A year ago in Bristol, Rhode Island, Samuel and Sam hunted an Arachne—a spider-like monster—that was taking men in their thirties and poisoning them. Samuel and Sam confided their true identity as hunters to Sheriff Roy Dobbs and his wife, Brenna. At Sam's suggestion, he and Samuel use Roy, without his knowledge, as bait. When he is taken by the arachne, they follow her to her lair, where they find the kidnapped men bound in web and poisoned. Sam kills the arachne by decapitating her, then declares the poisoned men beyond help and shoots them all. As they leave, he tells Samuel that they need to burn the building and destroy the bodies. Samuel seems uneasy about Sam's ruthless attitude and is worried about a deep wound on his arm, but Sam puts him off and tells him that they need to get out of town. Unfortunately, Deputy Atkins stops them and asks them where the sheriff is. When he sees the large wound on Sam's arm, he doubts their cover as FBI agents and tries to arrest them. Sam beats the deputy unconscious and they leave. Unknown to them, the poisoned men who had turned into arachne survived and escaped their lair.
In the present day, Sam, who has no memory of the events of a year ago, receives a mysterious text message with the coordinates of Bristol. After some research, he learns about the disappearances of three local women. Dean is reluctant to go on the hunt, but Sam insists. When they arrive in the town, a woman recognizes Sam, and he flashes back to having sex with her. He starts to remember pieces of the original hunt, which worries Dean. He is concerned that if Sam starts remembering the past year, he will also remember his time trapped in Lucifer's Cage, with possibly dire consequences. Sam convinces Dean that they need to stay and finish whatever job Sam and Samuel left unfinished in the town.
Sam goes to the police station to get information on the latest disappearances, but is recognized by Deputy Atkins—now the sheriff—who throws him in jail. Brenna Dobbs visits Sam, demanding to know what happened to her husband. She believes Sam when he says he doesn't remember anything, and releases him so he can work on the case. She shares the case files from the previous disappearances with him, and Sam remembers more, including the identity of the monster.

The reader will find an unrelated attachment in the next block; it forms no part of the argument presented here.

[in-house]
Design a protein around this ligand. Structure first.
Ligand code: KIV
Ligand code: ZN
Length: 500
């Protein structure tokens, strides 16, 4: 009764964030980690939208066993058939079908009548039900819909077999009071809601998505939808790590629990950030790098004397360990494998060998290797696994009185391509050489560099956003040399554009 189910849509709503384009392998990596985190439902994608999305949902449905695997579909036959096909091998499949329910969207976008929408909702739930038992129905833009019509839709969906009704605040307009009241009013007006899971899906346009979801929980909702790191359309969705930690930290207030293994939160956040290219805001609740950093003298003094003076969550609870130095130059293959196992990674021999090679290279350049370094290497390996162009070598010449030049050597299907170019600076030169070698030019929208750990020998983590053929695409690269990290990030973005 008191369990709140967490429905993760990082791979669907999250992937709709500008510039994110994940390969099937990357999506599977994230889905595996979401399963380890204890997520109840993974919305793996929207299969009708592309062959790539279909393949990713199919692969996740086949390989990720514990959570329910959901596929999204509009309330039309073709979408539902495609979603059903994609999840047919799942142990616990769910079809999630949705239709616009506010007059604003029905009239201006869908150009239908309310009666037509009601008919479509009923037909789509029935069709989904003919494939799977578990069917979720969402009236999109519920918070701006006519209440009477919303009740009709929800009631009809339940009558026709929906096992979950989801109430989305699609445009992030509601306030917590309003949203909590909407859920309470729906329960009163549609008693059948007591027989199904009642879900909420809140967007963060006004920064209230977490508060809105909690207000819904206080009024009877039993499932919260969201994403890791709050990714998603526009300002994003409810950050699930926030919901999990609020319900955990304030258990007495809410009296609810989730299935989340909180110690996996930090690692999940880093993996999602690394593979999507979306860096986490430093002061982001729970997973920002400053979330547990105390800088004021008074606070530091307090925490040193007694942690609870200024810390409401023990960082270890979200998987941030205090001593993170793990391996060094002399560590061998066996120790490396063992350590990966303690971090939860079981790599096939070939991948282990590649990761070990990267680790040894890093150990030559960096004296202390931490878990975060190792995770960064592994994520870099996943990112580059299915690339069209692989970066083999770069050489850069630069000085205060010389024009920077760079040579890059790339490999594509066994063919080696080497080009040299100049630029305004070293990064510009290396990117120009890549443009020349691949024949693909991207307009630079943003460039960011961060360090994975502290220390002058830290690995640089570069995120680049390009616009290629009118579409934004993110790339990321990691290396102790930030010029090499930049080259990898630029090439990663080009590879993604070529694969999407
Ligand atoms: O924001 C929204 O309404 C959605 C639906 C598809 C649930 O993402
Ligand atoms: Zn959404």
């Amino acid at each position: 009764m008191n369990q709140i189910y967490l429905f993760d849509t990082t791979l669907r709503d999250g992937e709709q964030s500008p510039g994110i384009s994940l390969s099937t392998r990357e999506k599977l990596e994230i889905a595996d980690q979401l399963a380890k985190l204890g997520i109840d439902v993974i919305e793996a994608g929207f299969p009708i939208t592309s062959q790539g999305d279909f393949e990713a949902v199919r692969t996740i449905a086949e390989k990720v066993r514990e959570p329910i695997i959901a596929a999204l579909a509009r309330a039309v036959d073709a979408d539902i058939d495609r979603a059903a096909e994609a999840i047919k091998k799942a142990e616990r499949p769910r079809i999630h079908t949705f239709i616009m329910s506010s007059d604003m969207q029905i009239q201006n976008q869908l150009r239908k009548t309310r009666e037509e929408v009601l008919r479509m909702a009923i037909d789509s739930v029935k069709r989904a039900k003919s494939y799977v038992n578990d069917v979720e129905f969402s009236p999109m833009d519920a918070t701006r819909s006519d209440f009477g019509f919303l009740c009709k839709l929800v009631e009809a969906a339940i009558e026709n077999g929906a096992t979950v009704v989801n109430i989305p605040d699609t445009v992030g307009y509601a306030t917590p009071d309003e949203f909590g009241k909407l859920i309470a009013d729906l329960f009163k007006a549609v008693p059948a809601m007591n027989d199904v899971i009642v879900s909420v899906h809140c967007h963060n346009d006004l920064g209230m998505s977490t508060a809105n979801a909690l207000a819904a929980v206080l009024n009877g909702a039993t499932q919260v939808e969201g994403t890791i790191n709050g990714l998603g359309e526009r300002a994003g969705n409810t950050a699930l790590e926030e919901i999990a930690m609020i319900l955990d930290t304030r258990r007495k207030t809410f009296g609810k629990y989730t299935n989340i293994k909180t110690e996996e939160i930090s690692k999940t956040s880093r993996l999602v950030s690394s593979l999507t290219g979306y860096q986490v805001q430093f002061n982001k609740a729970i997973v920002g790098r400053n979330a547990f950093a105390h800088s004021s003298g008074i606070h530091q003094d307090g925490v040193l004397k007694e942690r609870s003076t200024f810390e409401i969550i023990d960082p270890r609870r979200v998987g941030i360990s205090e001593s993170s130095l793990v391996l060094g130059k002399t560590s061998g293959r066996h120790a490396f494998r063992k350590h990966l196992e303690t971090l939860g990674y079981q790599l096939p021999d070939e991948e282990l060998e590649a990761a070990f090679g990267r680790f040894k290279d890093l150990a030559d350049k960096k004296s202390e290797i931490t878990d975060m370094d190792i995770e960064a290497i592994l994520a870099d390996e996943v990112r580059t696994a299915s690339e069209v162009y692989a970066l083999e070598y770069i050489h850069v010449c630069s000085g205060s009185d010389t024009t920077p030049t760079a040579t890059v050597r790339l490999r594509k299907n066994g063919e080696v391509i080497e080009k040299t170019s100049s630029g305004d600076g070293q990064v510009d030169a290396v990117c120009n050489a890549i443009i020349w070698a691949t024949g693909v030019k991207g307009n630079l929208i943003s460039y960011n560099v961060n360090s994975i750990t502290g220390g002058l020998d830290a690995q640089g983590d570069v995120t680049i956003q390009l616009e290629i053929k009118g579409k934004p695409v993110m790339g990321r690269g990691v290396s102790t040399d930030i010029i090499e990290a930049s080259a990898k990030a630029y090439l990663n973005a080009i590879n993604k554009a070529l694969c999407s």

Meanwhile, Dean is talking to witnesses and deduces that all the women who have disappeared slept with Sam the last time he was in town. He is certain that the entire thing is a trap for Sam, and when Brenna calls and asks Sam to come over, they expect trouble. Sam and Dean cautiously enter the shed behind the Dobbs' house, but are distracted by Brenna and taken prisoner by Sheriff Roy Dobbs. Now an arachne, he binds them with web. Dobbs reveals that, in order to exact revenge for what Sam did to him, he lured him back by sending him the coordinates. He also took women that Sam slept with and has turned them into arachne. While Dobbs talks, Dean uses a piece of broken glass to tear the web around him. He manages to escape and attack the arachne, and Brenna picks up a machete and uses it to help Sam escape. Sam takes the machete from her and uses it to kill Dobbs by decapitating him.
As they prepare to leave town, Sam is feeling guilty about what he did in the time he was without his soul despite Dean's argument that it wasn't really him. Suddenly, Sam falls to the floor and starts convulsing as he remembers burning in Hell.
[looks at the unconscious deputy]
Samuel: You think there are maybe calmer ways we could have done all that?
Do we care? Let's go.
He says it's quiet.
Sam: Quiet like quiet? Or quiet like too quiet?
When is it ever just quiet?
Where's your partner? The big bald guy? Agent Wynand, right?
Sam: Agent Wynand, of course. Well -
Sex rehab. Yeah, you've heard of plushies, right?
Sam, there is a reason that hunters don't hit the same town over again. Because we have a habit of leaving messes behind.
Sam: Right, I agree.
Dean: One of Dad's rules: you never use the same crapper twice.
Sam: Everyone uses the same crapper twice.
Not us... You know what I mean.
And how would you characterize their relationship?